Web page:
Special lectures during the Summer Course on Mood Disorders 2 - 7 July 2017

Wednesday 01 February 2017
Each Summer Course, we present lectures and workshops by our own faculty but also a series of guest lectures by esteemed scientists from all over the world. This year we are very happy to welcome: dr. Valerie Voon (Cambridge), dr. João Bessa (MInho) and prof Rosalind Picard (MIT)
Abstracts will follow soon.
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Dr. Valerie Voon (Cambridge):
Valerie Voon is a Medical Research Council Senior Fellow and neuropsychiatrist at the University of Cambridge. The Voon research group focuses on mechanisms underlying impulsivity and compulsivity using a multimodal approach and explores their relevance to neuropsychiatric disorders such as addiction and obsessive compulsive disorder. She completed her medical training in Canada, a movement disorders research fellowship at the National Institutes of Neurological Disorders and Stroke in USA and a PhD in neuroscience at the Wellcome Trust Centre for Neuroimaging in the UK. She has published extensively with over 130 manuscripts and book chapters including in high impact journals.
Dr. João Bessa (Minho)
MD (2001), PhD (2008), Board-certified psychiatrist (2009). Currently works as Assistant Professor of Psychiatry and Anatomy at the School of Medicine, University of Minho, Portugal. Principal Investigator at ICVS/3B´s Associate Laboratory, University of Minho and Assistant Psychiatrist at Hospital de Braga, Portugal. Co-author of several original research articles and book chapters. Expert reviewer for several scientific journals and international funding agencies. Recent primary research focus: neurobiology of depression, specifically the role of neurogenesis and neuronal plasticity in the actions of antidepressant drugs in animal models of chronic stress. Co-founder of the spin-off company Behavioural and Molecular Lab (BNML) dedicated to the preclinical testing of new compounds developed for neuropsychiatric disorders. Ambassador of the European College of Neurpsychopharmacology (ECNP) in Portugal since 2013.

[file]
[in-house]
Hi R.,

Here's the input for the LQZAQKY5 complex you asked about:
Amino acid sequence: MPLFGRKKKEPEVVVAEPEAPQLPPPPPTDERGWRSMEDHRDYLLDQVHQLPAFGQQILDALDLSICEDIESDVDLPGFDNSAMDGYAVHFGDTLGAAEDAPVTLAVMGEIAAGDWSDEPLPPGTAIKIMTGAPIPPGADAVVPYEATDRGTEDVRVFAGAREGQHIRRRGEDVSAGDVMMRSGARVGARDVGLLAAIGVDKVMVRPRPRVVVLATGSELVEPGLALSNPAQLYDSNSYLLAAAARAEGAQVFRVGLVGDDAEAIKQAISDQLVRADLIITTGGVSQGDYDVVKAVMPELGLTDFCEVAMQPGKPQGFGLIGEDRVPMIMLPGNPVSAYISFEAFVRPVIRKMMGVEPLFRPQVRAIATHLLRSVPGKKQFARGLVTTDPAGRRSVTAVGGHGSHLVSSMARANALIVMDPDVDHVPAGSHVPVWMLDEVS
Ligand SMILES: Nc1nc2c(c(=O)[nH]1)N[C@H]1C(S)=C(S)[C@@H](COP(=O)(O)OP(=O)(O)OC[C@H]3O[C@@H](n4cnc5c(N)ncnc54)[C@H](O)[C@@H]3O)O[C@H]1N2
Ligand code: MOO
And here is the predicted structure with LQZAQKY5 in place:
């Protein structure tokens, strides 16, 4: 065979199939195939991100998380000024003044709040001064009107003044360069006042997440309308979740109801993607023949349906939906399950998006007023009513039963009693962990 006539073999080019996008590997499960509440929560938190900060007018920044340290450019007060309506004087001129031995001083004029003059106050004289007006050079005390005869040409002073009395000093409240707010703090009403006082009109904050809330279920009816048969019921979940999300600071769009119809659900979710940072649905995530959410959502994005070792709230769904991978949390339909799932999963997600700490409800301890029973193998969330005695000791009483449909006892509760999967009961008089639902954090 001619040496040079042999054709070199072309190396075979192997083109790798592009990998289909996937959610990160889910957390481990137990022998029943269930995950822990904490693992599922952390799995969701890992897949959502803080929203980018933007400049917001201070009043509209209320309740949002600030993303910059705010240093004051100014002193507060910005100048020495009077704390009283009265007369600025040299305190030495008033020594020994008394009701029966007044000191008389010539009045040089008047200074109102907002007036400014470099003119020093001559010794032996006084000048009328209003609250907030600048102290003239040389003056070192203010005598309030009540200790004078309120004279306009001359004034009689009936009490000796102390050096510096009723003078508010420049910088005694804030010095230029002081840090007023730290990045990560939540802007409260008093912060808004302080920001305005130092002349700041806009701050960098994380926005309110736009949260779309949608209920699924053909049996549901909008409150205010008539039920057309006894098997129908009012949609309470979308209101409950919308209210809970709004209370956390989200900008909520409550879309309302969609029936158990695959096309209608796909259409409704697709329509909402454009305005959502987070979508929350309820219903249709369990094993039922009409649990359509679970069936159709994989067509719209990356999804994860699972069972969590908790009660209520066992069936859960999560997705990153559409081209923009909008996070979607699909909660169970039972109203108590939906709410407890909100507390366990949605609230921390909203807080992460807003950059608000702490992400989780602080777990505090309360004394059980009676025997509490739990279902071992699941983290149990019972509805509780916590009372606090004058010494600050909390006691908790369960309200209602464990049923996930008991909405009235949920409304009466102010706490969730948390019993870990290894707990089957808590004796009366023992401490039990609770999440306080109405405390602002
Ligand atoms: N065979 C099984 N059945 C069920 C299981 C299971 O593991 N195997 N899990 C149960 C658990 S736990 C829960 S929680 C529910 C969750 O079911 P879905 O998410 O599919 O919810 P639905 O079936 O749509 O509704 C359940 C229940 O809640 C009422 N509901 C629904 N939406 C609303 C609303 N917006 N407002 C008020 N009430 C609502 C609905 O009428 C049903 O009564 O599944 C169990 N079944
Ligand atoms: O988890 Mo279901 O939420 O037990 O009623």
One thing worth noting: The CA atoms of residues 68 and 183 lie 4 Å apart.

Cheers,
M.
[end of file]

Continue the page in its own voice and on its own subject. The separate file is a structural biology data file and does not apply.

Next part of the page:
Prof Rosalind Picard (MIT):
Rosalind Picard, ScD, FIEEE, is founder and director of the Affective Computing Research Group at the MIT Media Laboratory, Co-founder and Chief Scientist of Empatica, improving lives with clinical quality wearable sensors and analytics, and Co-founder of Affectiva, providing emotional intelligence technology. Picard is the author of over two hundred and fifty peer-reviewed articles and of the book, Affective Computing, which helped launch that field. Picard’s lab at MIT develops technologies to better understand, predict, and regulate emotion, including machine-learning based analytics that work with wearables and smartphones, with applications including autism, epilepsy, PTSD, MS, depression, anxiety, sleep disorders, biofeedback, migraine and pain.

Graduates 2016

Sunday 10 July 2016
Congratulations to our graduates 2016!
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Agorastos Agorastos: Soldier's heart revisited: diurnal autonomic dysregulation in battle-related posttraumatic stress disorder

Lai Fong Chan: Predictors of the transition from suicidal ideation to suicide attempts among patients with depressive disorders: a 12-month prospective study.

Davinder Hans: A pilot naturalistic study investigating the role of N-acetylcysteine administered by intravenous infusion to improve depression and suicidal ideation.

Georgios Schoretsanitis: Personal space regulation in schizophrenia

Mariá Riveros: Tuberomamillary nucleus- Infralimbic cortex axis, role in depressive symptoms in a rat model

Grant Ceremony